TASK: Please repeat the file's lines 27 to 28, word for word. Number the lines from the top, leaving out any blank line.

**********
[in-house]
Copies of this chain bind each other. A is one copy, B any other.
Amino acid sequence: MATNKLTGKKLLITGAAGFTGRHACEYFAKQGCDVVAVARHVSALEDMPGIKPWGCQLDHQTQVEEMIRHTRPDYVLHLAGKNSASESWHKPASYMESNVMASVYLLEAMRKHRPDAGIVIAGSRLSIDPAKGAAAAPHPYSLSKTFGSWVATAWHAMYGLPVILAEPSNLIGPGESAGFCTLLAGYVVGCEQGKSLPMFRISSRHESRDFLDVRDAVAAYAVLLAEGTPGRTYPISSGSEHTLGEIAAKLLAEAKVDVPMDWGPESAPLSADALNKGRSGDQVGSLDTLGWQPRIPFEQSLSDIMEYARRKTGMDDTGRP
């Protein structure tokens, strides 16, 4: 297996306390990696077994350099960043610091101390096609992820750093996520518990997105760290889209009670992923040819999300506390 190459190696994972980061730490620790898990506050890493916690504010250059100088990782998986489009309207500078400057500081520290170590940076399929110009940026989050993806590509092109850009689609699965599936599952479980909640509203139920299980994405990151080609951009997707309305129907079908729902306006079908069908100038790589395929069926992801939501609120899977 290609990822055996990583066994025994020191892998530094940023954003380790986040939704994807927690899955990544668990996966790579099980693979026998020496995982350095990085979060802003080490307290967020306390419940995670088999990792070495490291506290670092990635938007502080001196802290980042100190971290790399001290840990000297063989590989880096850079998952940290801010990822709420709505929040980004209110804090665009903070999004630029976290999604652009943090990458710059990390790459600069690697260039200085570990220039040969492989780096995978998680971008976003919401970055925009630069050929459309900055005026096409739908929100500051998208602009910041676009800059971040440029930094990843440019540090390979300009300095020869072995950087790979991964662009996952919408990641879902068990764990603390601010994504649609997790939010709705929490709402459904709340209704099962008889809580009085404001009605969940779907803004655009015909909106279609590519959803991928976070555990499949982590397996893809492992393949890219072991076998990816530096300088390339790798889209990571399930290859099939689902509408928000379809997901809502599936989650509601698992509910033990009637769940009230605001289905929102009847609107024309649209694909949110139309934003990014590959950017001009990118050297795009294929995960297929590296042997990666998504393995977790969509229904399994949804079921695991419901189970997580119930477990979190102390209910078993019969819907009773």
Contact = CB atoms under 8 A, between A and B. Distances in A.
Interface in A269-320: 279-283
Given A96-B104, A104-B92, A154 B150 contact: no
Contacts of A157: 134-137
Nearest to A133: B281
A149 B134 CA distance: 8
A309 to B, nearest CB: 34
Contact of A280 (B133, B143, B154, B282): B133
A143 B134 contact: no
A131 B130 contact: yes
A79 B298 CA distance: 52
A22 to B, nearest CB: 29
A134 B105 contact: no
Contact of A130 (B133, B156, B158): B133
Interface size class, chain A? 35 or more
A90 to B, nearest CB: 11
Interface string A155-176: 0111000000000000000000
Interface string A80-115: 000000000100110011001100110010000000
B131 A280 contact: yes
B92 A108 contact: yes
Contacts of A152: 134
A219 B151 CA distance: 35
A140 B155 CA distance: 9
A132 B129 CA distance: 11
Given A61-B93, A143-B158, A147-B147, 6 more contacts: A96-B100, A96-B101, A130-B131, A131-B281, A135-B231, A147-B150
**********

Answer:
A140 B155 CA distance: 9
A132 B129 CA distance: 11